In most cases, doctors can diagnose shingles in the brain without running extensive tests. If symptoms are accompanied by an obvious shingles rash, the diagnosis is easier. If there isn't a rash (which is rare but possible), doctors may require further testing.
If they confirm herpes zoster-associated encephalitis, medical professionals may prescribe the following treatment:
IV acyclovir– acyclovir is an antiviral medication that works by stopping the replication and spreading of the varicella-zoster virus. The medication works faster when administered intravenously. When the patient's condition improves, a doctor may recommend switching to the oral form of this medication.
Steroids – a doctor may administer IV steroids (usually prednisone) to reduce the inflammation of the brain.
Doctors may also prescribe antiseizure medication if the patient has seizures associated with the condition.
While many cases of shingles are mild, some lead to severe complications, including brain inflammation and even death. Immunocompromised patients are more likely to experience complications of shingles. For them, prevention is especially important.
Today, U.S. citizens have access to a shingles vaccine called Shingrix. It provides strong protection against the condition and prevents shingles in up to 97% of cases. For people with a compromised immune system, the protection rate is between 68% and 91%.³
If you've never had chickenpox, you can ask your doctor about a chickenpox vaccine. While the condition is generally mild in children, it can become a serious disease in adults.
If you develop a shingles rash, it's important to contact a doctor as soon as you can. A seemingly mild rash could lead to serious complications. A doctor can run relevant tests to ensure you aren't in danger.
If you experience any of the symptoms of herpes zoster encephalitis, call your doctor or 911 immediately. You may need emergency medical treatment.
Shingles in the brain are a serious condition that can lead to severe health consequences. Thankfully, this disease is rare and affects only a very small percentage of people who get shingles. With timely treatment, it's possible to recover from the condition and lead a normal life. If you experience any symptoms of shingles in the brain, call a healthcare professional immediately.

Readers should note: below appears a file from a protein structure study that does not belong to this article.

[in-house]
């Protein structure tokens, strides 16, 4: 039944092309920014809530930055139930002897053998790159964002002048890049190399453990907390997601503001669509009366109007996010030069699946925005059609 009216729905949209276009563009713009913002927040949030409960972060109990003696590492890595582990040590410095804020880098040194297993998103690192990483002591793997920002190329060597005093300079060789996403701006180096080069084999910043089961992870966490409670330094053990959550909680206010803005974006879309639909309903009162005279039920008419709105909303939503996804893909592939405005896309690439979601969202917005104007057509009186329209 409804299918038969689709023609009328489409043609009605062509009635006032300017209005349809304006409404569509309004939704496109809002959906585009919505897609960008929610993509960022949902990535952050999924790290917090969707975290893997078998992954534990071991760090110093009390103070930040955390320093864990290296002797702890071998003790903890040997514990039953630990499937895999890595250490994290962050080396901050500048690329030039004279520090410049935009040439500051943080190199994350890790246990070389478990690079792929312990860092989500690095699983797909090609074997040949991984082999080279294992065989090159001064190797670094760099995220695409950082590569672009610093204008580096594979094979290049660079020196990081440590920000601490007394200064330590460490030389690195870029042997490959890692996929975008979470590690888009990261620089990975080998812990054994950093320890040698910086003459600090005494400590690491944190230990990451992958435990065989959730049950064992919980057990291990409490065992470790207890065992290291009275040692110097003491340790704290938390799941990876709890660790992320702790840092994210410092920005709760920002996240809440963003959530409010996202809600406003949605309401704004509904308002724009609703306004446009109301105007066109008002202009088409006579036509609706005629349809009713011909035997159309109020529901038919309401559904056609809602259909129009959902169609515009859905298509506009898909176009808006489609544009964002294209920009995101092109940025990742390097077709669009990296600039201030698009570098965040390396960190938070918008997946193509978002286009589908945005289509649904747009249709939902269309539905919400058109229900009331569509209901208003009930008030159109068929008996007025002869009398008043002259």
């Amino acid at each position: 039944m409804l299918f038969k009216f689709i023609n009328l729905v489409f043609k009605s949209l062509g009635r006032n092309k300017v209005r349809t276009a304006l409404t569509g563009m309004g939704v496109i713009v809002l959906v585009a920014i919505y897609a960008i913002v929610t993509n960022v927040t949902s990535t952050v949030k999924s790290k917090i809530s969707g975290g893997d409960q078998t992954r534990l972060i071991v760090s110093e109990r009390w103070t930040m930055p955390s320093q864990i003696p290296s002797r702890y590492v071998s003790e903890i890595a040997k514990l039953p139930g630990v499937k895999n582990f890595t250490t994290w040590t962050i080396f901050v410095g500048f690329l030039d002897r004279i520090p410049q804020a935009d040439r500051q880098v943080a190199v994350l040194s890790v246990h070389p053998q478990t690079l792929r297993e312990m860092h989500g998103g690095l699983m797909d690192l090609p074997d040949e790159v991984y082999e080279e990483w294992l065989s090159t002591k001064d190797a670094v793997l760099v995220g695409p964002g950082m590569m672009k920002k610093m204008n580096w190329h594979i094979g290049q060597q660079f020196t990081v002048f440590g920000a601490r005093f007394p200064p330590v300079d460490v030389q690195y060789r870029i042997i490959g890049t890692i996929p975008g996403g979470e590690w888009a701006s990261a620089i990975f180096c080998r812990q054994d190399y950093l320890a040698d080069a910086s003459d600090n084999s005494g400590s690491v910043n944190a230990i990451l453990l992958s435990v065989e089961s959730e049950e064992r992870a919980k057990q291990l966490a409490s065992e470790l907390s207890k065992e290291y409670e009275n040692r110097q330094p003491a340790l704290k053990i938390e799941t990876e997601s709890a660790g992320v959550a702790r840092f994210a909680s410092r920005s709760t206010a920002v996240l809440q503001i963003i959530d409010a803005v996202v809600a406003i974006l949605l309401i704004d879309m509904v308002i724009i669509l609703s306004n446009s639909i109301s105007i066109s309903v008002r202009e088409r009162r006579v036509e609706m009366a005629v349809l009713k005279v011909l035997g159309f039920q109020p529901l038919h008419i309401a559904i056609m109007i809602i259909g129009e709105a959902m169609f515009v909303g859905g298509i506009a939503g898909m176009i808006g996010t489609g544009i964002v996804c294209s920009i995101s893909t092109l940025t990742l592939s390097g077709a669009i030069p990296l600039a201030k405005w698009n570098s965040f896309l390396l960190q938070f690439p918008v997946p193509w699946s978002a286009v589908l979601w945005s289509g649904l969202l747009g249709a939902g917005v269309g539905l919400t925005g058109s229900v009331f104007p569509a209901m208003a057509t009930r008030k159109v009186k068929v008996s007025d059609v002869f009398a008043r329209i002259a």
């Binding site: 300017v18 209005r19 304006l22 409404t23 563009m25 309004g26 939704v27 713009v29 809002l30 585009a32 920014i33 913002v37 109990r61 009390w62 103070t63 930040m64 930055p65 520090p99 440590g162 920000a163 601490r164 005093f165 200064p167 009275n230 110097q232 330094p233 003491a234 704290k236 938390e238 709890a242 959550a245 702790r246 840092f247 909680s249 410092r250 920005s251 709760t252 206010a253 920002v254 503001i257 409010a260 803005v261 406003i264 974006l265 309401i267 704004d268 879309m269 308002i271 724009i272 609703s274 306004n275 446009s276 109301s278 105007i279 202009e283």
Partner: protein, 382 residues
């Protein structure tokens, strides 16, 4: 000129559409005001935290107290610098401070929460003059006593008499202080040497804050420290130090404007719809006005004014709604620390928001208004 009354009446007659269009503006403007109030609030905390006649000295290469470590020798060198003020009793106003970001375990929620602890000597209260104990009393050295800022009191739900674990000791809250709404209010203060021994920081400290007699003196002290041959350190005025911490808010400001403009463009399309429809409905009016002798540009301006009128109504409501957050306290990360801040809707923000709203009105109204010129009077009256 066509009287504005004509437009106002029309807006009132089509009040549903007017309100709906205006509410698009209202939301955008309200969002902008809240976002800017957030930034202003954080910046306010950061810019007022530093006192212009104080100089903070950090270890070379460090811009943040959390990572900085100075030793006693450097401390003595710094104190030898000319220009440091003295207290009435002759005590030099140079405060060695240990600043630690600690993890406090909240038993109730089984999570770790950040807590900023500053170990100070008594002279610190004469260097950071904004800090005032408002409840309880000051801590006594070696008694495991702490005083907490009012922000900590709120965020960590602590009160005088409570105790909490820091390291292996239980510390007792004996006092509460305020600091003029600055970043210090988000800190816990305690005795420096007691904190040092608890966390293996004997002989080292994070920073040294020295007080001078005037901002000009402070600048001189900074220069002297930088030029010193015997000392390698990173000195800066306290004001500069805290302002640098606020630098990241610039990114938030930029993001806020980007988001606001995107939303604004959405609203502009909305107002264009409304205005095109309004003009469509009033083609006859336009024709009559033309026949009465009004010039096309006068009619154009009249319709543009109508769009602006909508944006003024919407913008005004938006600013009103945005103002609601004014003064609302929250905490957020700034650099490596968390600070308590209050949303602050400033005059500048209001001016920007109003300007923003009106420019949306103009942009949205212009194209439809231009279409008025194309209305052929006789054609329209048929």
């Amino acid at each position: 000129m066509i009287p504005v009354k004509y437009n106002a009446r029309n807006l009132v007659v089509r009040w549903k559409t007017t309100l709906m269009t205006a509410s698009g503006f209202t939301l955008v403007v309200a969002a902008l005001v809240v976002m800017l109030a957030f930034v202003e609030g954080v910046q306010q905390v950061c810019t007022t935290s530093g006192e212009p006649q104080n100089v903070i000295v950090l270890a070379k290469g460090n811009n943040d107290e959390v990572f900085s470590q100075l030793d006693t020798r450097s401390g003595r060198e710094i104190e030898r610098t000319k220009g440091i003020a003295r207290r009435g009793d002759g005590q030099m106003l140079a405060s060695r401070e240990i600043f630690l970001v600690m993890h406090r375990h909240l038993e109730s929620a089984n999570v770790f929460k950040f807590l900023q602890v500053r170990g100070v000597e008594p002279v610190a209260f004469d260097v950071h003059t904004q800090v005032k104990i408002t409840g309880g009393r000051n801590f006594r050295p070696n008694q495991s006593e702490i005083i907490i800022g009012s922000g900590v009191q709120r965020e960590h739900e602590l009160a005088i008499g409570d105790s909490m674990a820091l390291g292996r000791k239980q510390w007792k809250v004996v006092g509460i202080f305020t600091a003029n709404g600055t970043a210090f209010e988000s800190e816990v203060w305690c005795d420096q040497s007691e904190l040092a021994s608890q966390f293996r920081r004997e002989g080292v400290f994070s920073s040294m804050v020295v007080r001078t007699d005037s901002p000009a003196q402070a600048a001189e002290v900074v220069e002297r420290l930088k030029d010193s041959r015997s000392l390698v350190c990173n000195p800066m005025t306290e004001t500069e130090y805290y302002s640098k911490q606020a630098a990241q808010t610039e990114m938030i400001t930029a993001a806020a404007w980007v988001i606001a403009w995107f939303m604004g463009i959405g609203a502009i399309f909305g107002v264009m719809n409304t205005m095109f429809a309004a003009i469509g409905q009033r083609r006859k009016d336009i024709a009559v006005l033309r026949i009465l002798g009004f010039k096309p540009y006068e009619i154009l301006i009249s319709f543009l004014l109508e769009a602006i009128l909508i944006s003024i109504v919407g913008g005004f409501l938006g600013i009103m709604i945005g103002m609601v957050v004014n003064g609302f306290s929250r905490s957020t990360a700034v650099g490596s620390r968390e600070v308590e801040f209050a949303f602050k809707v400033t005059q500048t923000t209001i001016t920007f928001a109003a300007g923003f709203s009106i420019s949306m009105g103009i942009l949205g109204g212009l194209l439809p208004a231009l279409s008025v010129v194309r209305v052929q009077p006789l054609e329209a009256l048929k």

Headaches are uncommon in uncomplicated shingles, with fewer than 20% of patients presenting with systemic symptoms. . However, just because you have a headache, it doesn't mean that you have shingles in the brain.
Nevertheless, it is important to speak to a doctor and monitor your condition. If you develop herpes zoster encephalitis, you may need immediate hospitalization.
If you have a shingles rash accompanied by headaches, vomiting, problems with concentration, speech issues, loss of coordination, or hallucinations, you may have shingles (herpes zoster-associated) encephalitis. This condition warrants immediate medical attention. In some cases, shingles encephalitis may occur without a rash.
Shingle encephalitis is rare. It happens once for every 33,000 – 50,000 cases of shingles. The condition usually affects immunocompromised people, especially those with HIV and blood cancers.
People undergoing chemotherapy are also more likely to develop this condition than others, but it can also affect previously healthy people. Risk factors also include a history of more than 2 episodes of shingles previously, as well as cranial or cervical dermatome involvement.
Shingles in the brain can occur when the varicella-zoster virus (from childhood chickenpox) reactivates in your body and extends from the spinal nerves centrally. Shingles usually cause a painful and itchy rash in a single dermatome that does not cross the midline, and that goes away in several weeks. In rare cases, it can progress to the brain and cause herpes zoster encephalitis.
While there isn't a cure for shingles yet, doctors can administer medication that keeps the virus from replicating in your nerve cells. They can also prescribe medication to alleviate the unpleasant symptoms. Timely treatment is key to preventing complications that include permanent nerve damage.
Shingles may cause brain inflammation. The condition could also cause permanent damage such as postherpetic neuralgia or peripheral motor neuropathy.
Shingles vaccination | Centers for Disease Control and Prevention
Herpes zoster encephalitis (2012)
Aseptic meningitis | Medscape